Fighting for legal and social recognition outside the gendered societal structure
The United Kingdom coalition government’s Equal Civil Marriage Consultation is preliminary in extending to same sex couples the legal right to marry and the privileges associated with civil marriage.
Behind the proposals lies the suggestion that the laws that govern civil marriage should become “gender-neutral” – a term that implies legal provision in order that all couples – all adult people – can enter into a civil marriage. In other words, ‘Equality for All’.
But this will not necessarily be the case.
The fact that something is classified as “gender neutral” will not make any difference to persons of non-gendered identity if the accompanying legislation is drafted using gendered terms and references. Referencing the terms ‘same sex’ and ‘opposite sex’ could also prove problematic to those who cannot define the core identity in accordance to procreation. And there remains the requirement for couples entering into civil marriage to produce documentary proof of identity – not a problem for most people but the requirement for identity documentation represents a barrier to those who cannot possibly obtain documentation that does not grossly misrepresent the identity. All the accepted items of personal identity documentation contain gendered references, either explicitly or in a coded format.
Until quite recently, the concept of my partner and I being able to register our relationship (either through civil marriage or civil partnership) was so far off the radar that I rarely raised the subject, preferring to concentrate instead on what I felt was ‘achievable’. Now this, along with so much else, has completely changed and it would appear that with determination anything is possible. And we should have the same fundamental right to marry as everybody else. Why should any couple be denied the right to register a relationship and access the benefits associated with a legally recognised commitment because either one person or both people in the relationship do not enjoy the privilege of socially legitimate identity within the gendered societal structure?
Of course it is technically possible for us to register our relationship but the act of doing would require unacceptable compromise due to the requirement for couples entering into civil marriage or civil partnership to provide proof of (gendered) identity. Compromise is NOT equality. The denial of the core identity is a compromise that no one should be expected to make.
I have for some time campaigned for the removal of inappropriate gendered references on essential documentation, and directly challenged the Identity and Passport Service to end the discriminatory policy that forces inappropriate gendered classification on non-gendered people.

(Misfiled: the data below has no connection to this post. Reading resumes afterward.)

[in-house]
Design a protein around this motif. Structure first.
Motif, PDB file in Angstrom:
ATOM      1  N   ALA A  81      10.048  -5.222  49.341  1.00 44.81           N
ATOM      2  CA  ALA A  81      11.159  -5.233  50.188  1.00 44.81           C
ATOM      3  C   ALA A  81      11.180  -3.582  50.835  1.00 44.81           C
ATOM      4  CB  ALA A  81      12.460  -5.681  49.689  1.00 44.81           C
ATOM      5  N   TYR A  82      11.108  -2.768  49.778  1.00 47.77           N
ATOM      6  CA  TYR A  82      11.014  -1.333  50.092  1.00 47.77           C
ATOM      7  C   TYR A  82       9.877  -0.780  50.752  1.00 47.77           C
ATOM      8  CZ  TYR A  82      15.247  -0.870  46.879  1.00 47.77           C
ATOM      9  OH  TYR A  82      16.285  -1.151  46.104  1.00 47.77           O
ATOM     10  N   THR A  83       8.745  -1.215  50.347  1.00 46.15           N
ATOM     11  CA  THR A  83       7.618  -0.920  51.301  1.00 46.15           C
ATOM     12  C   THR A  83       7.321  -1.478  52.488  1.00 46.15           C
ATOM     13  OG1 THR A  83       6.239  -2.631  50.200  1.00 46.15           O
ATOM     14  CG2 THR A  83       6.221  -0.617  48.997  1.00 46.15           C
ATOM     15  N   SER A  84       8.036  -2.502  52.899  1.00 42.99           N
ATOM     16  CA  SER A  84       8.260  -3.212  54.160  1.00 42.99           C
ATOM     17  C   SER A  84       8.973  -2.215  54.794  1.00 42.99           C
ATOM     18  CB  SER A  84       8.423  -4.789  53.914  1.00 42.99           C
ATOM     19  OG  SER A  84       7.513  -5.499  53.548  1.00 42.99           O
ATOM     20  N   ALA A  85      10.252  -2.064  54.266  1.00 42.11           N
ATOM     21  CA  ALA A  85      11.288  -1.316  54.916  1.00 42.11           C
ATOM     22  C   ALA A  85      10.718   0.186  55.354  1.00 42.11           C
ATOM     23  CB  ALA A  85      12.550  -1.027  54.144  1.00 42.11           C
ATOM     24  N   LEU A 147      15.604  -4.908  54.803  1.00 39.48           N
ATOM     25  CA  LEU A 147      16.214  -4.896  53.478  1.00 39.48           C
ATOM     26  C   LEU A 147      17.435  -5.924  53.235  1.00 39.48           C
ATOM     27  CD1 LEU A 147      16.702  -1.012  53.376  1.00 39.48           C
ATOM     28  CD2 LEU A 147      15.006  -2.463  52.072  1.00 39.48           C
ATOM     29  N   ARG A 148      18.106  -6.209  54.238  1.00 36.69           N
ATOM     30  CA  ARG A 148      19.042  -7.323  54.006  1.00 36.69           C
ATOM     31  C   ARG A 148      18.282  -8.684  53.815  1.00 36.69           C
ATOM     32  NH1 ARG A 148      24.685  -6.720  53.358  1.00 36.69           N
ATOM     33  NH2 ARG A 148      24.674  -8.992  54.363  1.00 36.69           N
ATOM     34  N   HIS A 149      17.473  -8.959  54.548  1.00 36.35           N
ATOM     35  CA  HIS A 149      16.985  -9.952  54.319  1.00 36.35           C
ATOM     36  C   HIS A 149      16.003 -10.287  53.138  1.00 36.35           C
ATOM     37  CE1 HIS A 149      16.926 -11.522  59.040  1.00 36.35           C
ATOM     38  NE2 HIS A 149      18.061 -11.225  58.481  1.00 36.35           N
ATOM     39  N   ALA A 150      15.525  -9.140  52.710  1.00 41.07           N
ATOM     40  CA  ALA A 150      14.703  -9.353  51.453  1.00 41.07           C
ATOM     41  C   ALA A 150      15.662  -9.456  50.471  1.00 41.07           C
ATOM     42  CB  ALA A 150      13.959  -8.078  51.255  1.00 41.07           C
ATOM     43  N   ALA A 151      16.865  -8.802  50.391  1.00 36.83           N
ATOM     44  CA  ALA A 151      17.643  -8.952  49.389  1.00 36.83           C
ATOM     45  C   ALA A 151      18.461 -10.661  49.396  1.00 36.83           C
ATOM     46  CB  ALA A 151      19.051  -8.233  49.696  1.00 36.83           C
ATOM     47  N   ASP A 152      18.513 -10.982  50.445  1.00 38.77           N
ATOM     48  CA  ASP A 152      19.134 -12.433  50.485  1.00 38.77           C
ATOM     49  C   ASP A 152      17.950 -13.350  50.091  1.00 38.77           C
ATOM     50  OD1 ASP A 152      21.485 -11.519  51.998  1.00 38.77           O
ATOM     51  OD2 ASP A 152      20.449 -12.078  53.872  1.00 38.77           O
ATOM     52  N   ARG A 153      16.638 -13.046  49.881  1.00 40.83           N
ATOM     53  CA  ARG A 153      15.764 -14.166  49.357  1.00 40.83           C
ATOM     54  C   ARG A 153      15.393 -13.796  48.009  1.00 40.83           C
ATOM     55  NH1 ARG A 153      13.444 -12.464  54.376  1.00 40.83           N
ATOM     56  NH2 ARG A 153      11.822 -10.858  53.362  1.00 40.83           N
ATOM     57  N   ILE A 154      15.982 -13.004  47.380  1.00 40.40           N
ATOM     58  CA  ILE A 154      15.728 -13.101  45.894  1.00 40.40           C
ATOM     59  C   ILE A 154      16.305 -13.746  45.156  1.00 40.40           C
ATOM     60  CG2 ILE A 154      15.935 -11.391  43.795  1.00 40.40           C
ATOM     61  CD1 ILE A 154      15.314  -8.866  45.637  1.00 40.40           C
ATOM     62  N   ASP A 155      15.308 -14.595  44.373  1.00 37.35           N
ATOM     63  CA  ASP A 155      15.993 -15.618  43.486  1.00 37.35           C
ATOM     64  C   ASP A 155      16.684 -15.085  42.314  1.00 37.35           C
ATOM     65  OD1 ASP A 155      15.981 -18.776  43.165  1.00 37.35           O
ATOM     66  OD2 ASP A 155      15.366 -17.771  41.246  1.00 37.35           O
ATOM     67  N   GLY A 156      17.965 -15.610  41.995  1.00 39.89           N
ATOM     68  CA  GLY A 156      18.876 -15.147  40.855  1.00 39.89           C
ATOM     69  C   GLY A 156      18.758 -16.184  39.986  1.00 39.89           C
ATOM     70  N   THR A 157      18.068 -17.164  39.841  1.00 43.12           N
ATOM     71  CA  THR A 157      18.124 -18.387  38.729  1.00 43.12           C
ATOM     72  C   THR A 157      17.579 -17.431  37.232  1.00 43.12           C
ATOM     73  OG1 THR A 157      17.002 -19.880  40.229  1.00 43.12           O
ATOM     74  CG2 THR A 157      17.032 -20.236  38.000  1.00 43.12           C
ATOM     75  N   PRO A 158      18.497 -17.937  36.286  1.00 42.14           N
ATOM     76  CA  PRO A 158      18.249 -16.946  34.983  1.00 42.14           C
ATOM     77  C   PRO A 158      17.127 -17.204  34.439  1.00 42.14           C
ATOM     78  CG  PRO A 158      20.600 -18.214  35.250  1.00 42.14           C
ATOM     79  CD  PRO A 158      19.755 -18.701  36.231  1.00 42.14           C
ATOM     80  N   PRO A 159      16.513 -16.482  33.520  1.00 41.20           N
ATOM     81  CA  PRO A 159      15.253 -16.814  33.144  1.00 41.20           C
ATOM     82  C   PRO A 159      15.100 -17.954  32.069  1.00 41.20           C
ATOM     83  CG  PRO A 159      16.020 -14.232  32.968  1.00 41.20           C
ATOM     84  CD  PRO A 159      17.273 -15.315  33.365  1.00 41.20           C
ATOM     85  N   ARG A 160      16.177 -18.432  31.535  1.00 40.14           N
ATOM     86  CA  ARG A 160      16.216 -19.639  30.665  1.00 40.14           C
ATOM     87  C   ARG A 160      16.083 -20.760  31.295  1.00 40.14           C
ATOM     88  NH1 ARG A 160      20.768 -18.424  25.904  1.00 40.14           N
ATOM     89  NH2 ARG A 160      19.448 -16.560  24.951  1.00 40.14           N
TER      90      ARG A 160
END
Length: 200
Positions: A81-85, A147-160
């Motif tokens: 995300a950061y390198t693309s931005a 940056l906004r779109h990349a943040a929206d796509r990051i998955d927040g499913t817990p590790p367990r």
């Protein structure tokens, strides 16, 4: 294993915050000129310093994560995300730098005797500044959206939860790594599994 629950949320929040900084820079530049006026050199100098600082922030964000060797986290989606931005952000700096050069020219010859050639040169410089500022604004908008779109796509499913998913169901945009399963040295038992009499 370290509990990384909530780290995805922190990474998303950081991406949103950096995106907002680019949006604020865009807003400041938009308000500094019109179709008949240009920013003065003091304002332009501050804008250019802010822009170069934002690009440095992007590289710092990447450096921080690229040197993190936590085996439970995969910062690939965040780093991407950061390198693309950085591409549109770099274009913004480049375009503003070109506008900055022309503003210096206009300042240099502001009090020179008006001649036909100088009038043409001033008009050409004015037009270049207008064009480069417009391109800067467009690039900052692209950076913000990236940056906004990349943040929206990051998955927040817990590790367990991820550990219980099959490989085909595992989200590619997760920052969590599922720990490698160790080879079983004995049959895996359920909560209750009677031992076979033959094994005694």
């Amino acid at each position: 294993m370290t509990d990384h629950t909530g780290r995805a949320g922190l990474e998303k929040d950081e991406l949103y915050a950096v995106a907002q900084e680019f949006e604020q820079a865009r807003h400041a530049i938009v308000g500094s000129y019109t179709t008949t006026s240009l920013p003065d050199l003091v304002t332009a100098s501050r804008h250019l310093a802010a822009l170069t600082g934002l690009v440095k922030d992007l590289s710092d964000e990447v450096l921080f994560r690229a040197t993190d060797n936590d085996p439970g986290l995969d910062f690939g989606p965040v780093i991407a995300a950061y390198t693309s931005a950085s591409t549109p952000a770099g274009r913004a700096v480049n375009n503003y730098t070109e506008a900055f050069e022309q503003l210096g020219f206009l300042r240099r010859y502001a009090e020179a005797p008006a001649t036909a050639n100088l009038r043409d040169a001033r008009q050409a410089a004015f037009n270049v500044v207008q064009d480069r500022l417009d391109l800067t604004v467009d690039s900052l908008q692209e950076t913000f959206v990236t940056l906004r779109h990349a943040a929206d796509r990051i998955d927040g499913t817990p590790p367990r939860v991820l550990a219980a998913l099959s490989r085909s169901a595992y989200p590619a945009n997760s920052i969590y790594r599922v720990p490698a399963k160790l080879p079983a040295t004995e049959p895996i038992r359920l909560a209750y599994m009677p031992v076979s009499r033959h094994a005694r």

There is provision in the ICAO specification for Machine Readable Travel Documents for a third “unspecified” category indicated with ‘X’ http://www.icao.int/Security/mrtd/Pages/Document9303.aspx
There are precedents – and Australia is the latest in a small but growing number of countries that have revised policy on non gender-specific passports and where it is possible to obtain an ‘X’ passport https://www.passports.gov.au/web/sexgenderapplicants.aspx
The IPS are currently undertaking a policy “review” which is due to last until next February. In the meantime, non-gendered people in the UK remain unable to obtain an essential personal identification document that does not misrepresent the core identity. The implications are fundamental in that the passport is now more often used as an all-purpose personal identification document with a much wider remit than its origination as a travel document. While forced to wait for the outcome of the IPS policy review (and with no certainty or guarantee of a satisfactory outcome), those who cannot identify within the gendered societal structure remain in a legal and social limbo where we are denied the ‘right’ of legitimate identity and denied the privileges associated with social legitimacy that others can take for granted (such as obtaining personal identity documentation that should enable civil marriage without compromise).
“...... it’s not right that a couple who love each other and want to formalise a commitment to each other should be denied the right to marry.
That is why we are, today, launching this consultation” (Equal Civil Marriage Consultation, Ministerial Foreword)
The Equal Civil Marriage Consultation document does not reference in any way the position of non-gendered, bi-gendered or intersex identified people within the United Kingdom. In the present format, the government consultation offers no suggestion the interests of any of these groups will be considered when legislation is passed to enable same sex couples to enter into civil marriage.
While this omission is possibly due to oversight (in that the needs of the socially invisible can very easily be overlooked and ignored), one must never forget the consequences of the inauguration of the highly discriminatory Gender Recognition Act (2004) which failed so many transpeople and in many respects made the legal position worse for those who fell outside its narrow remit who were effectively left behind.
Therefore I urge that the government ensure that proposals and measures are inclusive and that equality of access to civil marriage is indeed extended to ALL COUPLES within the United Kingdom.
Further, I ask that in response to the consultation the government are reminded that no one should be excluded from the legal right to marry as a consequence of non-conformity within the gendered societal structure http://www.homeoffice.gov.uk/publications/about-us/consultations/equal-civil-marriage/ The consultation closes 14 June 2012.
The denial of existence is the worst act of discrimination by the gendered majority against the non-gendered
Copyright ©2012 Christie Elan-Cane
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